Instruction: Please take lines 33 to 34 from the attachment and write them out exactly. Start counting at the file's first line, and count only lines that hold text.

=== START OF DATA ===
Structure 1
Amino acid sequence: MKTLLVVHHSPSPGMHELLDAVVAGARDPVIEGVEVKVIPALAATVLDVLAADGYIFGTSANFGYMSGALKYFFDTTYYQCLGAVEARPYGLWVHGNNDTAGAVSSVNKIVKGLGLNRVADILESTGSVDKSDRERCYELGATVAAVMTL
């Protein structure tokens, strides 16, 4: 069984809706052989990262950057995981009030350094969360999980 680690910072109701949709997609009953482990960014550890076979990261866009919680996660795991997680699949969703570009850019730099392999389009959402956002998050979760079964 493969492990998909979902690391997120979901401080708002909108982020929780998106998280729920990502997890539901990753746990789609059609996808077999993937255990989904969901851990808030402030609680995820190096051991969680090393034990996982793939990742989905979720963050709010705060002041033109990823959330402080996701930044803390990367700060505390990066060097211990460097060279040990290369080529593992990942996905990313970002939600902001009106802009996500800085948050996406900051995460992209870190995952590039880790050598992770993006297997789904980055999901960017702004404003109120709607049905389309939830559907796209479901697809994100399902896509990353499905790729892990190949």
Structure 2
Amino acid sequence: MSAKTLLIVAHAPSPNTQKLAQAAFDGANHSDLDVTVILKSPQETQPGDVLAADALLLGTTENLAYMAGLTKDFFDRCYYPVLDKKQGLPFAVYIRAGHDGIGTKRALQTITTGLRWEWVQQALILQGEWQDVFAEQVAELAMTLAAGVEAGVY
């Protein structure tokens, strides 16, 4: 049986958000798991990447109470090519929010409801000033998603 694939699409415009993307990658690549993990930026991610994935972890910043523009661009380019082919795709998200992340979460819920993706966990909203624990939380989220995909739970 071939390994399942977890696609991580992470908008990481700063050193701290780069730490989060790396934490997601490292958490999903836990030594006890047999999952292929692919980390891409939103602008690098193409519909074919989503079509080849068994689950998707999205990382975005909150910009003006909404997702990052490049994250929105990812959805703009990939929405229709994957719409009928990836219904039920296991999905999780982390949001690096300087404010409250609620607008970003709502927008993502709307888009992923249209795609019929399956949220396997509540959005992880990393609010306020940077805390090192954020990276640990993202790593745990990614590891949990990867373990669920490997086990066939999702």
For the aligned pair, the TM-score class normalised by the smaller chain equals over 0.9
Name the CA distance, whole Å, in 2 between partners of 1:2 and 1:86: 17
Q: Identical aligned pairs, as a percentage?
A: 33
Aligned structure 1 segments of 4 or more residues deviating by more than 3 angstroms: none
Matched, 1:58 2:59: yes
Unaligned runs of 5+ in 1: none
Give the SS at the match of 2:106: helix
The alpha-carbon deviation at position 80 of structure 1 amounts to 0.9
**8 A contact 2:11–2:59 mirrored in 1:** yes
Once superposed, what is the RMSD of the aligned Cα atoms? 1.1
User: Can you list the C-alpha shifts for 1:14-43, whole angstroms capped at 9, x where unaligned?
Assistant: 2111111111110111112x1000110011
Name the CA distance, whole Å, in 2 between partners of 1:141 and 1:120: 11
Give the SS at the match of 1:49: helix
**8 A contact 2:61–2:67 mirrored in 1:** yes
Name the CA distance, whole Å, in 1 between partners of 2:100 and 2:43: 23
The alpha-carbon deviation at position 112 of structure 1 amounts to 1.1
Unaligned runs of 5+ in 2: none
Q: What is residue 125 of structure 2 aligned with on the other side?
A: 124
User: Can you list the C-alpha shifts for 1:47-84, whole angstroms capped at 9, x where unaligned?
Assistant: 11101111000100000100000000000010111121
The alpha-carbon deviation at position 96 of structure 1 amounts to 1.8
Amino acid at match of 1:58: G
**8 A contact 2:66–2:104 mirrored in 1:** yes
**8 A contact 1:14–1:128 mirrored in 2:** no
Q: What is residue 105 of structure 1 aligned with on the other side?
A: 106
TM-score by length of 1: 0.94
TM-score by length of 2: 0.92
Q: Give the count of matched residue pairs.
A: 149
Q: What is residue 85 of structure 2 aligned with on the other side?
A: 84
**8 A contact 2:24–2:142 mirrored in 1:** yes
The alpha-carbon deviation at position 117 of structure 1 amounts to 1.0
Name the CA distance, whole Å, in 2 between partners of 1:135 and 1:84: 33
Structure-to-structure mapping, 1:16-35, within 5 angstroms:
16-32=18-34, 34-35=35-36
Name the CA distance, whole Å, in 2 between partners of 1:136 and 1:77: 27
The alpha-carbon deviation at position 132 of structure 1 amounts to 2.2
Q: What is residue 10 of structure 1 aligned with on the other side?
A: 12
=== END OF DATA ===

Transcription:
**8 A contact 1:14–1:128 mirrored in 2:** no
Q: What is residue 105 of structure 1 aligned with on the other side?